When you first start dating someone new, there should be pretty much no drama.
Once you get through the crippling anxiety and fear, dating can be really fun, and the first few months are all about kicking back, relaxing, and enjoying this new, sparkly person.
Unfortunately, too often, we let little things get in the way of new relationships (and flings), and are too quick to judge each other. Remember that the person on the receiving end of all of your projections and anxieties is also human, and likely experiencing the exact same worries and concerns you are. Be gentle.
That said, sometimes people are creeps. Wolves regularly gallivant about in sheep's clothing, especially in a city like New York, where I live. I can't tell you how many times I've met someone or a friend has met someone seemingly lovely, only to find that their Lawyer or Carpenter or Mathematician (all about the code name) is actually a total fraud. If you're in the first few months of dating and there have been a few false starts or warning signals, perhaps it's nothing — everyone is flawed, and it's good to give a little leeway here and there. But there are some legit red flags that some people wave around like glow sticks on a dance floor, and it's up to you to pay attention to them. We show one another our true colors right away, so if there's already a nagging feeling in the back of your mind, it'll only get worse.
Here are 10 warning signals you should try not to ignore while dating.
- 1. They're always "too busy" or "too tired" to make plans.
There are just going to be weeks when we don't have much time to relax. This is normal. But if your crush relegates you to a quick hang at 11 p.m. every other Thursday, the two of you might have different ideas in regard to where this could go. Hint: You're a booty call. If that's OK with you, enjoy. If you have other plans in mind, now might be the time to face facts. We make time for the people we care about and want to see.
- They don't initiate hangouts.
I'm a big proponent of being pursued. By all means, convey your interest, but I like to go easy on the texting and hangout-initiating in the first months. If you have something fun you want to do, of course, it's perfectly fine to invite your new object of twitterpation along for the ride. But if you find yourself making the first move every time, they might be just not that into you.
- They blow up your phone, but you see them very rarely.
I have a friend who recently cut a guy out completely because he'd do things like text her something positive and bubbly at 9 a.m., mention how bated his breath was at the prospect of seeing her soon, but then balk when she'd try to nail down a date. If you're dealing with a text-happy commitment-phobe, now is the time to edge them out.
- They regularly take several hours or days to respond to a text.
We are all busy. I often take a few hours to write back; sometimes I've been known to take days. But they're likely playing games if they always take a million years to answer a simple question. I'm all for the thrill of the chase in the beginning, but sometimes you just need to know if you're meeting at 7 or 8, and it doesn't feel good to have to wait 17 hours for a response.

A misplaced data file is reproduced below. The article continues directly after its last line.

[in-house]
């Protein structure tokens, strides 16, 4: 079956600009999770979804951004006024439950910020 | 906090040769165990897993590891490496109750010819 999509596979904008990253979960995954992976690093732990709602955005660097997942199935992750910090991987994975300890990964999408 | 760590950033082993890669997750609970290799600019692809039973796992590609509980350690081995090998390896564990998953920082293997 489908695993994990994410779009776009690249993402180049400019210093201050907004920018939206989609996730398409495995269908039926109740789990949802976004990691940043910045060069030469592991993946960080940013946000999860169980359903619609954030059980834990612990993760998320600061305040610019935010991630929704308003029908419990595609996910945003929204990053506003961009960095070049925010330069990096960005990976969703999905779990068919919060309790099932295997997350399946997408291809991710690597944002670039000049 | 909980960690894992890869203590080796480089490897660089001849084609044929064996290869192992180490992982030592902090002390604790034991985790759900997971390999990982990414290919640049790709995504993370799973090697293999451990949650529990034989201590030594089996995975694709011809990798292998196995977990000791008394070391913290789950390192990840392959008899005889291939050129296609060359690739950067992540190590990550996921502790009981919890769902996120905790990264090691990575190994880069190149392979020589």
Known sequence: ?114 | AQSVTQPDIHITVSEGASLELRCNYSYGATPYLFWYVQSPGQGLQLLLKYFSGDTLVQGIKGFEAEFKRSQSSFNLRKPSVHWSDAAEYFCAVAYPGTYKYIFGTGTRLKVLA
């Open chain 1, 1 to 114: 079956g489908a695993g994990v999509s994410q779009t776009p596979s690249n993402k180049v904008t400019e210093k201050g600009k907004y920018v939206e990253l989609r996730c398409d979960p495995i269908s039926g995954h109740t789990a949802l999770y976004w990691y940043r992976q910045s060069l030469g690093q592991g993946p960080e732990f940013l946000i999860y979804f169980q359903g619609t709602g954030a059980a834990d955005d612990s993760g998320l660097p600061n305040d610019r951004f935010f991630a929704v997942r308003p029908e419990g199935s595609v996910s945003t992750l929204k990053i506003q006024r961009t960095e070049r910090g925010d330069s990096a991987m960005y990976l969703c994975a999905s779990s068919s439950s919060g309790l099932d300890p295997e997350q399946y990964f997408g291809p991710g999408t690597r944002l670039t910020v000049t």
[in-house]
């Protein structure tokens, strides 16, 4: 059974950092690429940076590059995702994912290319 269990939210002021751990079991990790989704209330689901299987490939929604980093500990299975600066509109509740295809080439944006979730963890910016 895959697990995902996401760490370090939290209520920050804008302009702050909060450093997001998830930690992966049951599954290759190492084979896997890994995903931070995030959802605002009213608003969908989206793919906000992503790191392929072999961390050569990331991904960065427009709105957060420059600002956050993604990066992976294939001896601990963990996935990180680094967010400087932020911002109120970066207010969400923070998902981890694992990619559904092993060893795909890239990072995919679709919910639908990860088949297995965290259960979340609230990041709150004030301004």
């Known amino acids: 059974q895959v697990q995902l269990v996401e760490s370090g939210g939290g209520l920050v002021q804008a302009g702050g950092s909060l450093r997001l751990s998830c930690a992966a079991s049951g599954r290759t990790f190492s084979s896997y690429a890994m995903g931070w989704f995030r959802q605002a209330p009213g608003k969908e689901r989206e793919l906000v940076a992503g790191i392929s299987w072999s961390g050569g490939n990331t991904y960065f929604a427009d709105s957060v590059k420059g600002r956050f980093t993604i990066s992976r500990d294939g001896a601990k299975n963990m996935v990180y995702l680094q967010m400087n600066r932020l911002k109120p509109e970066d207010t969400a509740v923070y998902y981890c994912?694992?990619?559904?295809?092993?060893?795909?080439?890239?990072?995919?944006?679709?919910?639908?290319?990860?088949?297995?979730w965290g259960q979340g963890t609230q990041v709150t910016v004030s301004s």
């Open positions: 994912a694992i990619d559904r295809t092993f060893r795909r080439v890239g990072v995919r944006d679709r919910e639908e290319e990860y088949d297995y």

- They're down to sext snappily but take forever to respond to a text.
Maybe you regularly get dick pics at midnight. And maybe you're having a lot of fun sexting. And maybe you can easily while away a half-hour sexting, dashing off suggestive messages, and instantly getting hot little replies. But if the next day you fire off a quick question, and they don't respond for two days, you might want to bid them and their sexts adieu.
- They pretend to have not seen a text.
I have definitely been guilty of reading a text, forgetting to respond, and then forgetting about it altogether, only to be reminded by a follow-up text the next day. It happens. When it does, I cop to it, and we move on. What I don't do is pretend I never saw it, because that is an obvious lie. This happened to a friend recently: She sent a text to a dude she's dating, and he read it around midnight. She knows he read it because his read receipts are on. She didn't hear from him until the following night, whereupon he claimed to have never seen the text. Bad move, bro.
- They're caught in a lie early on.
Look, we all want to appear way cooler/smarter/hotter/accomplished than we really are. But if someone tells you they're an investment banker and it turns out they're a bank teller, this is a harbinger of things to come. And those things are not good.
- They never offer to pay for anything.
It's totally OK to split things. It's also really nice to be taken out to dinner sometimes. But if homie never offers to pay his way, or, worse, pretends to have forgotten his wallet or claims he'll get you next time, only to pull the same thing again — this will likely cause problems as time unfolds. It's lovely and important to treat your partner. It's not lovely to pay for everything always.
- They never plan actual dates.
If from day one your new beau's idea of a killer Friday night is Netflix and Seamless, you may be dealing with a problem. Or a stage five clinger.
- They don't ask questions.
But they're happy to talk about themselves.
Bonus flag: Too much too soon.
The phrase "too good to be true" is real. If someone you met last Tuesday is riding you hard, feeding you mad lines, and acting like you're the most incredible thing since the advent of the smartphone, take a step back. It's possible this person is genuinely sweating you because you're super rad and totally sweat-able. But if they're talking about what a wild "connection" you have three days in, or talking about the future when you have approximately ten minutes of a past, it's best to slow your roll — and slow theirs. Time will tell if you're looking at a con artist, but in the meantime, proceed with caution.